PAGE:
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The Sapphires

The Sapphires

Released 7 November 2012
Director Wayne Blair

Chris O'Dowd, Deborah Mailman, Jessica Mauboy, Shari Sebbens, Miranda Tapsell, Tory Kittles, Eka Darville
Writer(s) Tony Briggs, Keith Thompson

Rosemary Blight, Kylie Du Fresne
Origin Australia
Running Time 103 minutes
Genre Comedy, drama, musical
Rating PG

Sweet soul music.

As time periods go, the late 1960s provides rich fruit for storytelling. The global civil rights movement, war in Vietnam and the death of the 1960s dream of peace, love and understanding make for an environment of unprecedented social and political upheaval. Several of these elements come neatly together in director Wayne Blair’s The Sapphires but a hard hitting drama it is not. Though it pays lip-service to racial and gender politics and jumps headlong into a warzone, it does so within a light frothy package, adorned with sparkly dresses and soul music.

The film begins in a small segregated Aboriginal community in rural Australia. The community is home to three sisters Gail (Deborah Mailman), Julie (Jessica Mauboy) and Cynthia (Miranda Tapsell), who sing together in a close harmonies trio. When performing at a local talent show, they are spotted by a charismatic and characteristically drunk Irish musician called Dave (Chris O’Dowd). Dave sees potential in the group and offers to manage them, reshaping them into a Supremes-like soul group. After recruiting fourth member Kay (Shari Sebbens), the group and their manager head to Vietnam to entertain the U.S. troops.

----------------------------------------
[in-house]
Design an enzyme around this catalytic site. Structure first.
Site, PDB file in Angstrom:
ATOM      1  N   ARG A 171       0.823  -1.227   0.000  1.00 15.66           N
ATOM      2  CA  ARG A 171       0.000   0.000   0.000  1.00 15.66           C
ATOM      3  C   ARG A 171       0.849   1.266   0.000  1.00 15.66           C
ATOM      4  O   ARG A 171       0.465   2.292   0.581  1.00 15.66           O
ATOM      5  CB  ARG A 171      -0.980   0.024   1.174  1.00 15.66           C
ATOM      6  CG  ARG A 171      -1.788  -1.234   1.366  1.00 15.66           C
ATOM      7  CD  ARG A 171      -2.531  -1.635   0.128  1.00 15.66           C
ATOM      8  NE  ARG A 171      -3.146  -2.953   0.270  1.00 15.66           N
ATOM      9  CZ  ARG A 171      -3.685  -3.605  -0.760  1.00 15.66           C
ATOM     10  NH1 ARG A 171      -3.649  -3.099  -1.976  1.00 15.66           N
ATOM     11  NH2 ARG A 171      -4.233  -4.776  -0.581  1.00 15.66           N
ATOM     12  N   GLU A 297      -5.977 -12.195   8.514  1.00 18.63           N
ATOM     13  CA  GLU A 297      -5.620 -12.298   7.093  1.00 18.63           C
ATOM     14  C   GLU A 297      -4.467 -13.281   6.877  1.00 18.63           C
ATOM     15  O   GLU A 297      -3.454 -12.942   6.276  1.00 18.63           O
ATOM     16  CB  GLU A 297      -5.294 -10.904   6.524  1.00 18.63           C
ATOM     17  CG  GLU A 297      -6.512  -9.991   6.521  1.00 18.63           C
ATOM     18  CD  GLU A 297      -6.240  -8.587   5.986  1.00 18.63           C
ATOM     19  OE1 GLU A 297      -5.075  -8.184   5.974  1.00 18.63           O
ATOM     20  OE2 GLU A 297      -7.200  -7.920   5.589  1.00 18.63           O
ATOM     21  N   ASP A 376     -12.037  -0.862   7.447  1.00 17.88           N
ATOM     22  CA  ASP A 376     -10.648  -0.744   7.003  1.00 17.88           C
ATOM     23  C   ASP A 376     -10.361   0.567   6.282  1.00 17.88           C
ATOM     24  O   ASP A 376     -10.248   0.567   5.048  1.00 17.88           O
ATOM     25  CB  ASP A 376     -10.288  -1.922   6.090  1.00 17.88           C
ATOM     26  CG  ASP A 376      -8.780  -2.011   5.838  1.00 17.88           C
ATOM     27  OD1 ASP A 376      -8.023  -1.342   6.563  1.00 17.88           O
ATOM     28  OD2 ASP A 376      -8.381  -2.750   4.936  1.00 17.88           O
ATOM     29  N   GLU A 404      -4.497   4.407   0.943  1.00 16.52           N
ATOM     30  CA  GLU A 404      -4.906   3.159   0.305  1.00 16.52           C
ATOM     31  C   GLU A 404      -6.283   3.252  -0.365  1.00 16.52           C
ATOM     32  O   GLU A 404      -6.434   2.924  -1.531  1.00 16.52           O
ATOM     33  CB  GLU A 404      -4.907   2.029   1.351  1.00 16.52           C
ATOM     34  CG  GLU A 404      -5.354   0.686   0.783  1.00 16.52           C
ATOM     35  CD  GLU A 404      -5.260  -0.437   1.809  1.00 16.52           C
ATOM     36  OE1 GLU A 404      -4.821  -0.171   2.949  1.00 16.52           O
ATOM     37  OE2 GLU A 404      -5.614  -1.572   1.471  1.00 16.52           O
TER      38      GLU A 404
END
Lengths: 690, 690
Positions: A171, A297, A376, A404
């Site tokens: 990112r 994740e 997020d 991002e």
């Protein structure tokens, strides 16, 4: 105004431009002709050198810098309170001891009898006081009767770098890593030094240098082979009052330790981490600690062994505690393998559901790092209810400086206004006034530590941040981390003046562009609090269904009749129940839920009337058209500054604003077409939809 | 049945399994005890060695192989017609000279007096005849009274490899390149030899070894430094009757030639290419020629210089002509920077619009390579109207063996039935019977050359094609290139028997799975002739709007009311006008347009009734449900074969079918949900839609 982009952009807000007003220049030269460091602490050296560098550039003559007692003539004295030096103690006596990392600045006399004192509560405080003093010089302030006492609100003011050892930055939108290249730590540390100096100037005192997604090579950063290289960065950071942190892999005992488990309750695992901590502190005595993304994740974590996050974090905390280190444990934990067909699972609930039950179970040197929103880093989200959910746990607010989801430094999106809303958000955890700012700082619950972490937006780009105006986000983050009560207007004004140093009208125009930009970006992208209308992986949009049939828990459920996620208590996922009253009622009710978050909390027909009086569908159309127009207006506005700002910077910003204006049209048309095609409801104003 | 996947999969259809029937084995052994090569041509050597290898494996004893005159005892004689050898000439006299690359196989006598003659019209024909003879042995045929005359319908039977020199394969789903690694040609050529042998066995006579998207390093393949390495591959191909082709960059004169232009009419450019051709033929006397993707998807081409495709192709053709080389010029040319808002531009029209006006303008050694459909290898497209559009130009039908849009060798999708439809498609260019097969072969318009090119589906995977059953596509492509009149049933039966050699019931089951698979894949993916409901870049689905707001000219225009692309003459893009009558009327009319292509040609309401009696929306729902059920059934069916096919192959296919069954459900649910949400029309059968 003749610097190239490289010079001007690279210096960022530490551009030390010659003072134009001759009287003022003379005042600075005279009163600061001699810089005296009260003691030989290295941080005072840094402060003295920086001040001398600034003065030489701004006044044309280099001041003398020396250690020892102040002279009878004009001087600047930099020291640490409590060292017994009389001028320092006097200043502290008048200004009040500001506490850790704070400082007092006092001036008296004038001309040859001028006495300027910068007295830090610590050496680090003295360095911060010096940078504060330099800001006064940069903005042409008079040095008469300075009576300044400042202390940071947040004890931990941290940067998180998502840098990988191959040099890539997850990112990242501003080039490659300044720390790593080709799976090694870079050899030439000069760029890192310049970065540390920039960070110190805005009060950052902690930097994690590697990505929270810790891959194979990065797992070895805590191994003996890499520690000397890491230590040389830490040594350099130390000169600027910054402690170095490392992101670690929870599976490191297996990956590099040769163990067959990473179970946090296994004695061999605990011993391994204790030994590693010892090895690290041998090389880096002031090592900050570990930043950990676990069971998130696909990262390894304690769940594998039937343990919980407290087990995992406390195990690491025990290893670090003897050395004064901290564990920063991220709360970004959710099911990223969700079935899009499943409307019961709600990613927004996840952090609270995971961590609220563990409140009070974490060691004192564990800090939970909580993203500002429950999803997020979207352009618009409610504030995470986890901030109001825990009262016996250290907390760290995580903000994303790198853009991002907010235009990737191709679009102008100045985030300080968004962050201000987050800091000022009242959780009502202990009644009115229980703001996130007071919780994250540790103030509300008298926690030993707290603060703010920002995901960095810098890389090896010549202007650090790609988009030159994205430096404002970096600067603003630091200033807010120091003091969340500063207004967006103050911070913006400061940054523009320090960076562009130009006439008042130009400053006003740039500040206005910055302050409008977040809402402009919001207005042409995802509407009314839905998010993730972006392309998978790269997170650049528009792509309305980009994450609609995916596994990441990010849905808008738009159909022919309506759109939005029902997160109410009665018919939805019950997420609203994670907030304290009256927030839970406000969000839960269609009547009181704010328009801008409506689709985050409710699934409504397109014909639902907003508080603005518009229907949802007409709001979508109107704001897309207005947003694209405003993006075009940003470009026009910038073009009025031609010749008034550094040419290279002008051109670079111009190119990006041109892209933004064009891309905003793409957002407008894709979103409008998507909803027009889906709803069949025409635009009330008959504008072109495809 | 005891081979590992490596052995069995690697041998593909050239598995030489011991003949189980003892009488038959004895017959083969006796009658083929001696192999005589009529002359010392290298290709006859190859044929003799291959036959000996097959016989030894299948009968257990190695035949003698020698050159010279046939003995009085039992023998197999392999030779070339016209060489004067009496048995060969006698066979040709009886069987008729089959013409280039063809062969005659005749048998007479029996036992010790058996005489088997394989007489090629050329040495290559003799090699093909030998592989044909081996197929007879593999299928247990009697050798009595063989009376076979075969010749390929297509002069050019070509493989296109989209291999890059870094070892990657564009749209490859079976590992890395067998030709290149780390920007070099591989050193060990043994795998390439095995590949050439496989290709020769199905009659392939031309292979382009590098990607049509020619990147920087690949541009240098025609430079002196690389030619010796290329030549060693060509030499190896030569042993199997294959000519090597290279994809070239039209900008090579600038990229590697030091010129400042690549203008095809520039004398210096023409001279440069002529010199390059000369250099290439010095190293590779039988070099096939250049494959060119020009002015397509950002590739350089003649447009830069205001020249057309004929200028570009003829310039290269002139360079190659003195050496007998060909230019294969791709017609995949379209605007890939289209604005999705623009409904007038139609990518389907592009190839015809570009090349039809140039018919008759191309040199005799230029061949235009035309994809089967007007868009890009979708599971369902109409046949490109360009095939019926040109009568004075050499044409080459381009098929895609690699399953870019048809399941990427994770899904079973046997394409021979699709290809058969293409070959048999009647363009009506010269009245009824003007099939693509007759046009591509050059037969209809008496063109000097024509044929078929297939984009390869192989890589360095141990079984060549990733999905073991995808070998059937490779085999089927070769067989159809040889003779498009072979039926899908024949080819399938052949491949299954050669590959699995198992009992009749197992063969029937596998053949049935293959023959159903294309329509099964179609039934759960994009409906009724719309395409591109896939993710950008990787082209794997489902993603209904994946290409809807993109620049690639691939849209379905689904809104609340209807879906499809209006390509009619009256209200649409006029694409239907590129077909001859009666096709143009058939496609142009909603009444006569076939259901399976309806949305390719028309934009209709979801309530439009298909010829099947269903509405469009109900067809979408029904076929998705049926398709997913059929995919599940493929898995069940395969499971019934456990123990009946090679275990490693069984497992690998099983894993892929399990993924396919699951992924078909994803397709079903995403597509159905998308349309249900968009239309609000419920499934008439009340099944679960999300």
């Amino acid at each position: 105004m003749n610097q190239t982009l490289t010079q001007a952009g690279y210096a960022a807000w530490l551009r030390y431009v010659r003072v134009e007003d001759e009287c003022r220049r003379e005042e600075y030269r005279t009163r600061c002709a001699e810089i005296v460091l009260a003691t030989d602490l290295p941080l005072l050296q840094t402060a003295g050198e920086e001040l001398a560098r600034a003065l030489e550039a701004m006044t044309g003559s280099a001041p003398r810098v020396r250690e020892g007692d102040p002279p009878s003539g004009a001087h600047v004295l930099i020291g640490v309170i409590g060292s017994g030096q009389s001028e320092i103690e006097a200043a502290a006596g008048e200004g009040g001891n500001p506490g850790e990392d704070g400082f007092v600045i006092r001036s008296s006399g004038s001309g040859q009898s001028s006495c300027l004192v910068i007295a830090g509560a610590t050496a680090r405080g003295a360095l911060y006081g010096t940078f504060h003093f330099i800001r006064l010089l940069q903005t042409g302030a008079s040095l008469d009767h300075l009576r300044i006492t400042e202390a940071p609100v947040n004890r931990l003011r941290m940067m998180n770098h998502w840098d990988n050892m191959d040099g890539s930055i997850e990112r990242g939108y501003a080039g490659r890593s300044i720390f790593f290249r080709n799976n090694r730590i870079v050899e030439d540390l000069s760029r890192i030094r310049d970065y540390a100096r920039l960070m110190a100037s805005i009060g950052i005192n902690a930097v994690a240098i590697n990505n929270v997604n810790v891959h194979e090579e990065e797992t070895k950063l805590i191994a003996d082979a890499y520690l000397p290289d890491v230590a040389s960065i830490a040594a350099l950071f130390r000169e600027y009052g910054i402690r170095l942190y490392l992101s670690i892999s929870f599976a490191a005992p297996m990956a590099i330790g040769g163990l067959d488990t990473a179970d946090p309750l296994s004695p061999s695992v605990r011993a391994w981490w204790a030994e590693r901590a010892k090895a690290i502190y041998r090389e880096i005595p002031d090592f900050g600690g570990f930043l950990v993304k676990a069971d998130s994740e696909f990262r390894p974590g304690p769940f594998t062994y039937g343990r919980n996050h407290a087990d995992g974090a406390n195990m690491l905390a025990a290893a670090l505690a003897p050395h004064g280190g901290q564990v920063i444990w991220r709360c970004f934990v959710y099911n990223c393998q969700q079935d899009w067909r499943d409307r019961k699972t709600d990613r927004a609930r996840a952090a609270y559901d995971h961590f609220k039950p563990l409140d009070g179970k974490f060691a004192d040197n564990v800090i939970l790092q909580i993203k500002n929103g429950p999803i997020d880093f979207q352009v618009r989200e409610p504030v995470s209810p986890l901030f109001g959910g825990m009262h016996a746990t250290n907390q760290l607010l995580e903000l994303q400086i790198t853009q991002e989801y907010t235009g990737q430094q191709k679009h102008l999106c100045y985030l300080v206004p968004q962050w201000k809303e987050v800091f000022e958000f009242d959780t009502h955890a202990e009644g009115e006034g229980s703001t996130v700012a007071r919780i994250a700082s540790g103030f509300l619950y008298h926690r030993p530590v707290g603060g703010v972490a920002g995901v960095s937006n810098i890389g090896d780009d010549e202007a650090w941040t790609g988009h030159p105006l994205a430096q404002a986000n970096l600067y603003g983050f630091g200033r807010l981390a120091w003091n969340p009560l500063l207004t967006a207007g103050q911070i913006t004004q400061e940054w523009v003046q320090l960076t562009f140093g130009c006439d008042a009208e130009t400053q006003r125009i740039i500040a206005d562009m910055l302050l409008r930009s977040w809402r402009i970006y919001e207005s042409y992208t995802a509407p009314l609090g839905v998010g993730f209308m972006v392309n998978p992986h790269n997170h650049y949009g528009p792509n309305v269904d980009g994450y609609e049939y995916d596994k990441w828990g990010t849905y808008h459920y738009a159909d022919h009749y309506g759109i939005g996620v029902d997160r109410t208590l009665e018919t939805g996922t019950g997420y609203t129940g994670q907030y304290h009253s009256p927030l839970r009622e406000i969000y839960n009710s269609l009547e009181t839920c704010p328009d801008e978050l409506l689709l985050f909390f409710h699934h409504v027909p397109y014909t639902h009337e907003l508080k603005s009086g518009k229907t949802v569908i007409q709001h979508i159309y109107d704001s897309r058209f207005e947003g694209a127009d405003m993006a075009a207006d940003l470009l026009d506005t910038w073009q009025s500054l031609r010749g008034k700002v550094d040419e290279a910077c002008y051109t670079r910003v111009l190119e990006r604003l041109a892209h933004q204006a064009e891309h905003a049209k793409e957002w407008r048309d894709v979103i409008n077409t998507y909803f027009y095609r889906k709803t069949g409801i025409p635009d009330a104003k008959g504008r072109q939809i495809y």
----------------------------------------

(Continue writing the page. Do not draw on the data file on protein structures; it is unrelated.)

The Sapphires is based on a true story, adapted from a play by co-screenwriter Tony Briggs, the son of one of the sisters. Needless to say then, its heart is in the right place even if it is defiantly uncomplicated in the face of complicated content. The moral ambiguity of the war itself, not to mention the relevance of that moral ambiguity to people from an abused racial minority is something that never crops up between the spirited soul renditions. Instead, the film focuses on the newly found freedom of the girls and their relationships with each other. And this it does rather well - despite the Vietnam sequences, many of which don’t hit the mark in terms of emotion or realism, the performances are sparky enough to keep the energy up. Particularly good is Chris O’Dowd, his comic timing as an unlikely soul man providing most of the laughs here.

The Sapphires is a little too soft around the edges to be memorable but as a lighthearted musical comedy it hits more than it misses.

- Linda O’Brien